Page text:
Winter is fast approaching, and along with cold, stormy weather comes the influenza virus. To be more accurate, the flu is actually a group of many different viruses which all cause similar symptoms. Each winter international teams of researchers and doctors estimate which types and strains of viruses will spread the most widely throughout the world in any given year, and then vaccines are prepared to protect against the three  strains of flu considered most dangerous or likely to spread worldwide.

There are three ways to receive a flu shot which are delivered via  needle, usually in the arm: the normal shot which is approved for all people older than 6 months; a high-dose vaccine which is approved for those over 65 years old; and an intradermal shot for those between 18 and 64 years old.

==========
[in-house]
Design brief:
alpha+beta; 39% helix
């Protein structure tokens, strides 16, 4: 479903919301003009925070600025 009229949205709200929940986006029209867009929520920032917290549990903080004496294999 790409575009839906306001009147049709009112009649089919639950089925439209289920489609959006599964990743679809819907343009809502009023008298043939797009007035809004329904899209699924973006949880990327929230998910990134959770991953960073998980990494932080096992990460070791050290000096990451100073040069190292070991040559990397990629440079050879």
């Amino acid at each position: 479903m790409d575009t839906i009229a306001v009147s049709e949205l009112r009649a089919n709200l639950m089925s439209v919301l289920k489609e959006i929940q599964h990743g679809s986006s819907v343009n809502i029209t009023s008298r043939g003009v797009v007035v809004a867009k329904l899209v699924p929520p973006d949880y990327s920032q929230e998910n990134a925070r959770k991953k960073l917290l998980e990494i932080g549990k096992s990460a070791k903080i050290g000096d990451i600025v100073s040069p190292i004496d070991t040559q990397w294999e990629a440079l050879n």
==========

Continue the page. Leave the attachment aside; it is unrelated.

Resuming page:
Also available for use in healthy people ages 2 to 49 who are not pregnant is the nasal-spray flu vaccine. This is made with live, but weakened flu viruses, as opposed to the ‘shot’ which uses killed viruses. The nasal spray is also called LAIV, which stands for “Live Attenuated Influenza Vaccine.”

The best time to get vaccinated is as soon as the vaccine comes available. It takes about two weeks after administration of the shot to develop immunity to the flu, so the sooner the vaccine is given, the sooner people are protected. However, just because it may be late in the season is not a reason to refrain from getting the flu shot. The CDC recommends getting vaccinated from October all the way to May, reasoning that different viruses circulate in different places at different times, and it is always wise to get protection.

Josyann Abisaab, MD wishes all a healthy flu season this winter.